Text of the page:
Ross Douthat greets the Facebook IPO with schadenfreude:
Of all the major hubs of Internet-era excitement, Mark Zuckerbergs social networking site has always struck me as one of the most noxious, dependent for its success on the darker aspects of online life: the zeal for constant self-fashioning and self-promotion, the pursuit of virtual forms of community and friendship that bear only a passing resemblance to the genuine article, and the relentless diminution of the private sphere in the quest for advertising dollars.
I have a hard time disagreeing with Ross most days, but I can’t go along with his take on Facebook. Of course, any tool can be harmful if not used in virtuous moderation, but I don’t think there anything particularly vicious about sharing links and photos with your friends. The temptation to “constant self-fashioning” is no more acute here than in, say, dressing. Sure, both forms of self-presentation can tempt us to vanity and immodesty, but the solution is prudence and care—-not necessarily wholly abjuring fashion or closing one’s Facebook account (not, it is important to note, that Ross calls for any such thing).
When I try to explain to my friends why I have no problem with Facebook-style sharing, I point to the kind of small town I grew up in. Our town’s weekly paper printed (and still prints) social news of the kind you’d find in a Facebook feed: “Leroy and Martha Kralishek’s son David and family visited this weekend. Sunday dinner was a roast and a good time was had by all.” We had social news, in other words, for people who aren’t socialites. This is just the sort of thing one finds every day on Facebook’s famous “news feed,” and it is much more common than the sorts of grotesque oversharing that seem to worry Ross.
Another example of Facebook’s small-town traditionalism: Our town’s radio station has a long-running daily show called “Party Line” where people call in to ask for rides to the next town, hawk their used furniture, or express their political opinions. Here again we had a form of media that allowed us to keep track of, and in touch with, our casual acquaintances. Party Line is still going strong, but we should be grateful that Mark Zuckerberg has given us a much more efficient technology for realizing the kind of loose connectedness people have long sought.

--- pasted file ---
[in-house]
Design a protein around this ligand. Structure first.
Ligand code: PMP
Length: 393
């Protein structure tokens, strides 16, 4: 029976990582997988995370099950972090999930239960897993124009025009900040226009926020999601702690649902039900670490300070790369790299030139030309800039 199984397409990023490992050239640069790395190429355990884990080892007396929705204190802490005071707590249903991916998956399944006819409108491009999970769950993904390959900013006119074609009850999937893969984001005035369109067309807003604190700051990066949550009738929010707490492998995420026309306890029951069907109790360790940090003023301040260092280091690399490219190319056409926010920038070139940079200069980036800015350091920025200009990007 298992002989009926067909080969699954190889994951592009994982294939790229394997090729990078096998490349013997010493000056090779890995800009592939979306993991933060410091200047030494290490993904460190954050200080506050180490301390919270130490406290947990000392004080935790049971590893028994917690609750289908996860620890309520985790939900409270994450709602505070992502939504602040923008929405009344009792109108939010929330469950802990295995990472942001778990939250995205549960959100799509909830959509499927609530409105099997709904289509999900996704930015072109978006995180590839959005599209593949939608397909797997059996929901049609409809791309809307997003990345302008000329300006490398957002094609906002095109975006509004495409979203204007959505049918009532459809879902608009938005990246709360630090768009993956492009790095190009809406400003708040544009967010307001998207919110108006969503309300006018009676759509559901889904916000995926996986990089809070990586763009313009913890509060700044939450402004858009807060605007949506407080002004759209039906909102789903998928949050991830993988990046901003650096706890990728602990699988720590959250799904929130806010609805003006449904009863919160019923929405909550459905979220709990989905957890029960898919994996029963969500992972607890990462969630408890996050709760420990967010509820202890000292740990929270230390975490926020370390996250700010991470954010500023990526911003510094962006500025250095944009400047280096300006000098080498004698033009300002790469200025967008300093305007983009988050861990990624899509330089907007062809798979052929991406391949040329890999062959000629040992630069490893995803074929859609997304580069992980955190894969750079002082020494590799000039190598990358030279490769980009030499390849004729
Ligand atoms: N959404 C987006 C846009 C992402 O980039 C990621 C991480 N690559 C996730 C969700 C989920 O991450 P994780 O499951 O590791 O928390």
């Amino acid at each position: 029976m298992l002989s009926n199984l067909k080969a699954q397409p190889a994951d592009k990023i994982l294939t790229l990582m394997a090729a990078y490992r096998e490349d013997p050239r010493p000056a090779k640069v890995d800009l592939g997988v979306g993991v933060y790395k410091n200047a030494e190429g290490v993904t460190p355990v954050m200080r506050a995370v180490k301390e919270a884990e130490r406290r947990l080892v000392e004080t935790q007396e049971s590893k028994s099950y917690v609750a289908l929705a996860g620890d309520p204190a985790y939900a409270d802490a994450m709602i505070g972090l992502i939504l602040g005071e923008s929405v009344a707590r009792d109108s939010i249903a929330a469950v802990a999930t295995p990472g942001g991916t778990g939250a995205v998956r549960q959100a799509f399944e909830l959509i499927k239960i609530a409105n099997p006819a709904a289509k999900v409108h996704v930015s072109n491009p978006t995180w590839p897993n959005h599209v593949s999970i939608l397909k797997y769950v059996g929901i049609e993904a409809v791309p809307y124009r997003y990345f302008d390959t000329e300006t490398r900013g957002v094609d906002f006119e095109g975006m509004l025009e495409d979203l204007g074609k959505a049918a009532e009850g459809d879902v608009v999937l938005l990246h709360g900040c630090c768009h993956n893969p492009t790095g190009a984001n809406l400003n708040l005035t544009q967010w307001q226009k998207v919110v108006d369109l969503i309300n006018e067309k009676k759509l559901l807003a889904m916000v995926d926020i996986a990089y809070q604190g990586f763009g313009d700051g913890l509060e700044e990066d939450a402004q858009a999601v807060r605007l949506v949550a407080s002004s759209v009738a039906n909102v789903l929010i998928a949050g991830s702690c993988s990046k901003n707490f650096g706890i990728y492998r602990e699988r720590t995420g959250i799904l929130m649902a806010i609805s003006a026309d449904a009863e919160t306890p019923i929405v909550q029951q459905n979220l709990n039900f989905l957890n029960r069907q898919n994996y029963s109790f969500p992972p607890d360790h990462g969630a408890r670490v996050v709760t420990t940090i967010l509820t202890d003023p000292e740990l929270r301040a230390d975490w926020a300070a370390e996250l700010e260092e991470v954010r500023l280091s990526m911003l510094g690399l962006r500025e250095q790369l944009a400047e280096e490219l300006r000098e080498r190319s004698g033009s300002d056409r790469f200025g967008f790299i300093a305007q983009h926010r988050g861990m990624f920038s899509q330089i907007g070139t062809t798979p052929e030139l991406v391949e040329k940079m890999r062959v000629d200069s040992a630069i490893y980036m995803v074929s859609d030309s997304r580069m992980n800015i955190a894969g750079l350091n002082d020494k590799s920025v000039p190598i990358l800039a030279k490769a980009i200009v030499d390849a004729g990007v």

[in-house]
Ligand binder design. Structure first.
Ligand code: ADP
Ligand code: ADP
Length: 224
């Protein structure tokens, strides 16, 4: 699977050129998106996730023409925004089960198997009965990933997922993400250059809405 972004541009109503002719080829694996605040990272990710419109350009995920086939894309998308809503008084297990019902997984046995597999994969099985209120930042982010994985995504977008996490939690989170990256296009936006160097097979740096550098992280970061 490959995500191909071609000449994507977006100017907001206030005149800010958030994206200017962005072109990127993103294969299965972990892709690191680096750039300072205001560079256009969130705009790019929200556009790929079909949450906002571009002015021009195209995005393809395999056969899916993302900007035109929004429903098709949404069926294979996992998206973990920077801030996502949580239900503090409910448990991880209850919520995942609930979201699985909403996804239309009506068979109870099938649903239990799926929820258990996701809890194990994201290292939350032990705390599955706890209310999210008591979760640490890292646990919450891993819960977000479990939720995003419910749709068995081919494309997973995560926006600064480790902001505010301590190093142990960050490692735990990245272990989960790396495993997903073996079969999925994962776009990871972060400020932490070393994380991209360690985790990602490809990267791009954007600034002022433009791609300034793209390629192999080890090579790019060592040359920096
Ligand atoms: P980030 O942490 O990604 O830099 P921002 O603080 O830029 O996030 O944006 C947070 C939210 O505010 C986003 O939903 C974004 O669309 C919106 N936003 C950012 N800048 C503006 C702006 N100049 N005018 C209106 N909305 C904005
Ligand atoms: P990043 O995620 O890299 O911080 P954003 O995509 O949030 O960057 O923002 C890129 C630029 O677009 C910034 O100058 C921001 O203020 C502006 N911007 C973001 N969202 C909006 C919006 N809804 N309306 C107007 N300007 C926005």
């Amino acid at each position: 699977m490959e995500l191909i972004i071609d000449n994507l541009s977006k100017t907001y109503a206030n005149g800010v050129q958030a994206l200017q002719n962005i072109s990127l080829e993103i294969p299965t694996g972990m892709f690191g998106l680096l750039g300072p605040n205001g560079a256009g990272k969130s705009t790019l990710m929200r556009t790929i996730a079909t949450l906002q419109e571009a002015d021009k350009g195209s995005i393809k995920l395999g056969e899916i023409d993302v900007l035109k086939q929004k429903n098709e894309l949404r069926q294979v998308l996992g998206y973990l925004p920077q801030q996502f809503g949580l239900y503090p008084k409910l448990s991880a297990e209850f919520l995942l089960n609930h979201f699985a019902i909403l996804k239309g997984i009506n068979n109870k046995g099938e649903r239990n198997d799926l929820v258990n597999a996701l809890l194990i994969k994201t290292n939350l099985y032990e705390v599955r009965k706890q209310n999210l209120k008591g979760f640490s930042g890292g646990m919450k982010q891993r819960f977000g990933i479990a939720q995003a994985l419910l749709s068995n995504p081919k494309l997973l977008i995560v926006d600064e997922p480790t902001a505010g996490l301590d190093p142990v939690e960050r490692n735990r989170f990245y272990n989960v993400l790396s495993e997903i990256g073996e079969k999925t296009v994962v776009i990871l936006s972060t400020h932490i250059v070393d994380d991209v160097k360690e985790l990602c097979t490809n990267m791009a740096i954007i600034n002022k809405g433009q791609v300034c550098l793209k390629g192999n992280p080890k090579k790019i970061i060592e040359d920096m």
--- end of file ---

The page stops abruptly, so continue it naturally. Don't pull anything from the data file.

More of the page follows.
All that said, I decided to mothball my Facebook account about a year ago (in practical terms, this meant removing all posts from my “wall” and making it so that no one could post anything new to it). I was concerned about a large corporation selling my social relationships and claiming marketable rights over content I produced—-pictures, notes to friends, etc.
I rarely go on Facebook now, but whenever I do, I’m amazed by the richness of information, both useful and fun, being shared by people in my social network. I think I’d enjoy spending more time on the site, but as much as I appreciate Facebook’s basic format, I just didn’t trust the company. If there were a service like Facebook that were more predictable, humble, and accountable—-that is, more like the small-town paper and radio station that (at its best) my news feed reminds me of—-I’d be a very enthusiastic user indeed.